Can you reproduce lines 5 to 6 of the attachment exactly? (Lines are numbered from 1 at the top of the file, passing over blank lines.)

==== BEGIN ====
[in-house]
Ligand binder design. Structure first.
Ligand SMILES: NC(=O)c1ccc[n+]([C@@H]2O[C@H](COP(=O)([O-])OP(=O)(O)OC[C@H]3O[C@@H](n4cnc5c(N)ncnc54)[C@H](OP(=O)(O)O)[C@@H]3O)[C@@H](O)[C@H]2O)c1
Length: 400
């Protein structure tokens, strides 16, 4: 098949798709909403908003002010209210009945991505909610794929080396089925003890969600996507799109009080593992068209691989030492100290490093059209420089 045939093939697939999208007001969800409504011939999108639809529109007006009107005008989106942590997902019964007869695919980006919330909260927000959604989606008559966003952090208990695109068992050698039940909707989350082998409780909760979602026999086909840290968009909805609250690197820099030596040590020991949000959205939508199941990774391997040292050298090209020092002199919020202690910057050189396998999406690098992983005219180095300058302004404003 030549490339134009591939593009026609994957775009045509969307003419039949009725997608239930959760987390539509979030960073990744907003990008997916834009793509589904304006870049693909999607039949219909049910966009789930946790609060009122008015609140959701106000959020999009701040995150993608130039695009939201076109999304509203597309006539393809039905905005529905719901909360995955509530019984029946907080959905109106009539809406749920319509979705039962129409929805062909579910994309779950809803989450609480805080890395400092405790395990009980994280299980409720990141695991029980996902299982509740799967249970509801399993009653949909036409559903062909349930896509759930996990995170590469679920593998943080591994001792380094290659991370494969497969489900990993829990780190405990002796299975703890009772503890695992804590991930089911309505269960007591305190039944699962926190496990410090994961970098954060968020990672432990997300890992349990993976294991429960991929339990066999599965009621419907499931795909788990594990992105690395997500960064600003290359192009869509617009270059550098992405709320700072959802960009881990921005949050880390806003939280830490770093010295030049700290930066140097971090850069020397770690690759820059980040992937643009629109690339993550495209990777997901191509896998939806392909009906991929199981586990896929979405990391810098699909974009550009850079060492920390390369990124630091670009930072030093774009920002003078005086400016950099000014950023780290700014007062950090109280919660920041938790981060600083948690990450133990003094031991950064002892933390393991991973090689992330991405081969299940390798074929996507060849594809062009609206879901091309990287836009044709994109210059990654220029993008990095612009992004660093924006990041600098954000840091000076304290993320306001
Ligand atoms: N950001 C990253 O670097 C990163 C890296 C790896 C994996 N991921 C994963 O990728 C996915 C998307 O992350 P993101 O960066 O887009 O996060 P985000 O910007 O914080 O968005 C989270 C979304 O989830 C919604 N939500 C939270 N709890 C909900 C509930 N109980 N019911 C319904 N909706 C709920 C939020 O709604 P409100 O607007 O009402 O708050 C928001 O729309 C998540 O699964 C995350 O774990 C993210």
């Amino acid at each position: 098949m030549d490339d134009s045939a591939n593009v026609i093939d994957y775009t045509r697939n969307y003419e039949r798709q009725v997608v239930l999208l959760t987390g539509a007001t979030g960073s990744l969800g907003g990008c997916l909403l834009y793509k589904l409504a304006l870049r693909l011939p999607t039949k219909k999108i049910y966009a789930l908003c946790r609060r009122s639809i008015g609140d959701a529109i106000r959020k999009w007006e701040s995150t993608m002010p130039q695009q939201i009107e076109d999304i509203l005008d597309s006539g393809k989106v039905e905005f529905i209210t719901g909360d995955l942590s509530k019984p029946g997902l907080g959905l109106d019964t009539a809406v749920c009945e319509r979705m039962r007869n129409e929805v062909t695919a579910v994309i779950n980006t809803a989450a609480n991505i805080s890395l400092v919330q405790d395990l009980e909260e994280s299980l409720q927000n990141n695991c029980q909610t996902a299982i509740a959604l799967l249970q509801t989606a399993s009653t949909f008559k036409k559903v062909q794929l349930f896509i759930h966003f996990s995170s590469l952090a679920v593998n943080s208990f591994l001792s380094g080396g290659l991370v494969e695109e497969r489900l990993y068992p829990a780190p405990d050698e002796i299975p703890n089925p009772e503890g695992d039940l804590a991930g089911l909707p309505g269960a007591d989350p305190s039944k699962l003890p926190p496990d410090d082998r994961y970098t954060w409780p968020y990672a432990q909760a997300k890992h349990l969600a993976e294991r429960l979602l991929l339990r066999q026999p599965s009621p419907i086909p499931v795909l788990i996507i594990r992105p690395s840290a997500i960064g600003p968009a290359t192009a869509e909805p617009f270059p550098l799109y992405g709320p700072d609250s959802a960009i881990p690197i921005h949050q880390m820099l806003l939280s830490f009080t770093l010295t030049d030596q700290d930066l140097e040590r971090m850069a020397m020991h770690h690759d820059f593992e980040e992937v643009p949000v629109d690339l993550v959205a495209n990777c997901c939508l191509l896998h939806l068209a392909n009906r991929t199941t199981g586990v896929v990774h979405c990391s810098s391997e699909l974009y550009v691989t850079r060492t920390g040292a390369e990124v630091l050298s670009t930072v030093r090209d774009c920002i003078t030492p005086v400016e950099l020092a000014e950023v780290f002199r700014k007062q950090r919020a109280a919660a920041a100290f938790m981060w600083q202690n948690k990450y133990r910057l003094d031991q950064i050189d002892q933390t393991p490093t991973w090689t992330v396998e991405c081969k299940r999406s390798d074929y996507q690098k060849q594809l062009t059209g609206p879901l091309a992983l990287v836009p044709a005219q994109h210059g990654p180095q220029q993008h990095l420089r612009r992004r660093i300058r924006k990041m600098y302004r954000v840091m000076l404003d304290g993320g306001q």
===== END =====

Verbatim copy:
């Protein structure tokens, strides 16, 4: 098949798709909403908003002010209210009945991505909610794929080396089925003890969600996507799109009080593992068209691989030492100290490093059209420089 045939093939697939999208007001969800409504011939999108639809529109007006009107005008989106942590997902019964007869695919980006919330909260927000959604989606008559966003952090208990695109068992050698039940909707989350082998409780909760979602026999086909840290968009909805609250690197820099030596040590020991949000959205939508199941990774391997040292050298090209020092002199919020202690910057050189396998999406690098992983005219180095300058302004404003 030549490339134009591939593009026609994957775009045509969307003419039949009725997608239930959760987390539509979030960073990744907003990008997916834009793509589904304006870049693909999607039949219909049910966009789930946790609060009122008015609140959701106000959020999009701040995150993608130039695009939201076109999304509203597309006539393809039905905005529905719901909360995955509530019984029946907080959905109106009539809406749920319509979705039962129409929805062909579910994309779950809803989450609480805080890395400092405790395990009980994280299980409720990141695991029980996902299982509740799967249970509801399993009653949909036409559903062909349930896509759930996990995170590469679920593998943080591994001792380094290659991370494969497969489900990993829990780190405990002796299975703890009772503890695992804590991930089911309505269960007591305190039944699962926190496990410090994961970098954060968020990672432990997300890992349990993976294991429960991929339990066999599965009621419907499931795909788990594990992105690395997500960064600003290359192009869509617009270059550098992405709320700072959802960009881990921005949050880390806003939280830490770093010295030049700290930066140097971090850069020397770690690759820059980040992937643009629109690339993550495209990777997901191509896998939806392909009906991929199981586990896929979405990391810098699909974009550009850079060492920390390369990124630091670009930072030093774009920002003078005086400016950099000014950023780290700014007062950090109280919660920041938790981060600083948690990450133990003094031991950064002892933390393991991973090689992330991405081969299940390798074929996507060849594809062009609206879901091309990287836009044709994109210059990654220029993008990095612009992004660093924006990041600098954000840091000076304290993320306001
Ligand atoms: N950001 C990253 O670097 C990163 C890296 C790896 C994996 N991921 C994963 O990728 C996915 C998307 O992350 P993101 O960066 O887009 O996060 P985000 O910007 O914080 O968005 C989270 C979304 O989830 C919604 N939500 C939270 N709890 C909900 C509930 N109980 N019911 C319904 N909706 C709920 C939020 O709604 P409100 O607007 O009402 O708050 C928001 O729309 C998540 O699964 C995350 O774990 C993210």